November 6, 2014. Posted by WBGO.
Jazz musicians find inspiration in many things. Himalayan art is not typically one of them.
Jazz Night in America visits the Rubin Museum of Art in New York City to hear interviews and live performances from each of the five finalists for the American Pianists Association's Cole Porter Fellow In Jazz: Kris Bowers, Emmet Cohen, Sullivan Fortner, Zach Lapidus and Christian Sands. Hear what visually inspires some of the most promising young jazz talent, from mandalas to fish.
© 2014 WBGO
November 5, 2014. Posted by WBGO.Miguel Zenón performs from Identities Are Changeable at the Newport Jazz Festival. (Image Credit: Adam Kissick for NPR)
Miguel Zenón, the prolific alto saxophonist and composer, has just released a new album called Identities Are Changeable. Based on his interviews with fellow Puerto Ricans living in New York, he's arranged a new book of music to reflect their varying experiences.
Jazz Night in America recorded this unique work live from the 2014 Newport Jazz Festival, and accompanies Zenón to his old stomping grounds in the Bronx.
© 2014 WBGO
October 23, 2014. Posted by WBGO.
Blue Note Records turns 75 this year, and to celebrate, Washington, D.C.'s John F. Kennedy Center for the Performing Arts hosted a concert featuring some of the record label's living legends and rising stars. From the early years with co-founder Alfred Lion to the revitalization under Bruce Lundvall, Blue Note Records has become and remained one of the most iconic brands in jazz.
On Jazz Night in America, hear highlights from the Kennedy Center stage, and reflections on the label's influence with Norah Jones, Terence Blanchard and Dianne Reeves. Blue Note artist Jason Moran guest hosts this episode.
- Robert Glasper & Jason Moran, "Boogie Woogie Stomp" (Glasper, piano; Moran, piano)
- Bobby Hutcherson & McCoy Tyner, "Fly With The Wind" (Hutcherson, vibraphone; Tyner, piano)
- Dianne Reeves, "Stormy Weather" (Reeves, voice; Terence Blanchard, trumpet; Peter Martin, piano; Derrick Hodge, bass; Kendrick Scott, drums)
- Joe Lovano, "Fort Worth" (Lovano, tenor saxophone; Lionel Loueke, guitar; Fabian Almazan, piano; Derrick Hodge, bass; Kendrick Scott, drums)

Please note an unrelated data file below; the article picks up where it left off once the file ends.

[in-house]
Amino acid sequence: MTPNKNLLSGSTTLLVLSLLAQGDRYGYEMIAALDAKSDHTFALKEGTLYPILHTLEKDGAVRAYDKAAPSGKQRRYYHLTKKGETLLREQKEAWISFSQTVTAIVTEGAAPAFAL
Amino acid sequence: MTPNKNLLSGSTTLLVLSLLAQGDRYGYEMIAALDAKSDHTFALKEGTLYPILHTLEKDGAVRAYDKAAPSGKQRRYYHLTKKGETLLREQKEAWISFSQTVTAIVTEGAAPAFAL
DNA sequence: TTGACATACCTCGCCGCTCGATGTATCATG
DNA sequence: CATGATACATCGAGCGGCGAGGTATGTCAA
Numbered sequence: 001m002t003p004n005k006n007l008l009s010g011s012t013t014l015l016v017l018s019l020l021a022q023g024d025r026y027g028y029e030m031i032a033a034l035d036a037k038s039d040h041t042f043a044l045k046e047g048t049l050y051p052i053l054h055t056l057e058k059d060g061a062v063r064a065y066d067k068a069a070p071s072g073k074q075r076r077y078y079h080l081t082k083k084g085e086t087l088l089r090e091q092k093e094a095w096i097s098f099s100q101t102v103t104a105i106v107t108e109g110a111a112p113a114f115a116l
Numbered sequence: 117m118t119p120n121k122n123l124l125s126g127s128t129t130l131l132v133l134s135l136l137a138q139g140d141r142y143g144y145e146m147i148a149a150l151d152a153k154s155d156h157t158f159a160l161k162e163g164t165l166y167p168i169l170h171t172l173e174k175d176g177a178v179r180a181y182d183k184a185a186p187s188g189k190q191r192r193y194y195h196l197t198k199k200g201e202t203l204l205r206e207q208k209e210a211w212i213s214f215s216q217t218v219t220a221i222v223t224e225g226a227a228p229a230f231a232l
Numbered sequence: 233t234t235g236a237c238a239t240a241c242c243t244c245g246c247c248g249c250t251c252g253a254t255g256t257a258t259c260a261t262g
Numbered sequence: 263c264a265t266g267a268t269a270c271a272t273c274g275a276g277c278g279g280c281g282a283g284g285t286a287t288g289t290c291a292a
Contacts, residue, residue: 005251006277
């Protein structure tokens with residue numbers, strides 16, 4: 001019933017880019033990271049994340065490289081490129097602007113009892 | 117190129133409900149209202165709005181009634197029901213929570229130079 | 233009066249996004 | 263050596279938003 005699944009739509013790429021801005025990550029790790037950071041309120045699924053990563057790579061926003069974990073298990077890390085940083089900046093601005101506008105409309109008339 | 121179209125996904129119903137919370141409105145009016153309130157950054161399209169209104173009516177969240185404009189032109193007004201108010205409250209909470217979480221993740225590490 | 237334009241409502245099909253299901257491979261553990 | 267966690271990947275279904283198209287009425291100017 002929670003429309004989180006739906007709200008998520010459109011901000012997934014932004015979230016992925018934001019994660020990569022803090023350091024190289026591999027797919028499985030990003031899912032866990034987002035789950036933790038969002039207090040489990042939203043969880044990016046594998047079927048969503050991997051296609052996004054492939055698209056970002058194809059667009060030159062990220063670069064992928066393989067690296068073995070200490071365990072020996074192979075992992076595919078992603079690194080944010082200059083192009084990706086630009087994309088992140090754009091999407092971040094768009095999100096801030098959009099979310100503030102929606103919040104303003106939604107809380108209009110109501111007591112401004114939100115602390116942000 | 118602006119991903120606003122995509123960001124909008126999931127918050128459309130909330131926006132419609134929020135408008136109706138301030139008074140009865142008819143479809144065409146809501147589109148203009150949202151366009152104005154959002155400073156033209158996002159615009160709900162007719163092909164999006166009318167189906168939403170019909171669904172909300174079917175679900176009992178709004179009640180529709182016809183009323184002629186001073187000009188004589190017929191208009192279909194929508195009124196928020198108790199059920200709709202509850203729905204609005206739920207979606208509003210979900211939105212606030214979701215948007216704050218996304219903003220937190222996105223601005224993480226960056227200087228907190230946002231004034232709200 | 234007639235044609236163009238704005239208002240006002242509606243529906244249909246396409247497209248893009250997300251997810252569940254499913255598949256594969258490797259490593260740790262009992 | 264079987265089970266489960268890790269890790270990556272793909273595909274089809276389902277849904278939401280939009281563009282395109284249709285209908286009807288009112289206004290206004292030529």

- Norah Jones, "I've Got To See You Again" (Jones, voice; Wayne Shorter, saxophone; Jason Moran, piano; John Patitucci, bass; Brian Blade, drums)
- Lou Donaldson feat. Dr. Lonnie Smith, "Alligator Boogaloo" (Donaldson, alto saxophone; Smith, organ; Lionel Loueke, guitar; Kendrick Scott, drums)
- Lou Donaldson feat. Dr. Lonnie Smith, "Blues Walk" (same personnel)
Duke Markos, recording and remix engineer. Special thanks to Kevin Struthers and Jean Thill of the Kennedy Center.
© 2014 WBGO
October 16, 2014. Posted by WBGO.
The late pianist Dave Brubeck left jazz with incredible performances, recordings and advocacy — as well as a large body of compositions. His iconic music is reimagined by members of the Jazz at Lincoln Center Orchestra.
Jazz Night in America explores various Brubeck compositions, discussing the decisions the arrangers made when approaching the material. Also, we unearth a rare recording from Brubeck's personal archive of him singing with Carmen McRae.
All compositions by Dave Brubeck.
- "Take Five" (arr. Carlos Henriquez)
- "Unsquare Dance" (arr. Chris Crenshaw)
- "Blue Rondo à la Turk" (arr. Chris Crenshaw)
- "Bluette" (arr. Wynton Marsalis)
- "Cassandra" (arr. Marcus Printup)
- "Tokyo Traffic" (arr. Sherman Irby)
- "Nomad" (arr. Carlos Henriquez)
- "The Duke" (arr. Victor Goines)
- "You Swing Baby"
The Jazz at Lincoln Center Orchestra with Wynton Marsalis: Wynton Marsalis, Marcus Printup, Kenny Rampton, Ryan Kisor, trumpets; Elliot Mason, Chris Crenshaw, Vincent Gardner, trombones; Victor Goines, Sherman Irby, Ted Nash, Walter Blanding, Paul Nedzela, saxophones; Dan Nimmer, piano; Carlos Henriquez, bass; Ali Jackson, drums.
James P. Nichols, recording engineer; Rob Macomber, chief engineer; David Robinson, live mix engineer. "You Swing Baby" is courtesy of the Brubeck Collection, University of the Pacific.Copyright 2014 NPR. To see more, visit http://www.npr.org/.
© 2014 WBGO
October 16, 2014. Posted by WBGO.Wallace Roney leads a performance of Wayne Shorter's "Universe" at the Detroit Jazz Festival. (Image Credit: NPR)
In the late 1960s, when trumpeter Miles Davis was leading his famous second quintet, saxophonist Wayne Shorter wrote a series of new works featuring Davis with orchestra. When the quintet broke up, Shorter put the scores away.
Now, trumpeter Wallace Roney — a protégé of Miles Davis — has received the scores and prepared them for a performance at the 2014 Detroit Jazz Festival. Jazz Night In America presents the very first recording of "Universe" and other rare Wayne Shorter works performed by the Wallace Roney Orchestra, featuring Victor Gould (piano), Buster Williams (bass), Lenny White (drums) and members of the Detroit Symphony Orchestra.
© 2014 WBGO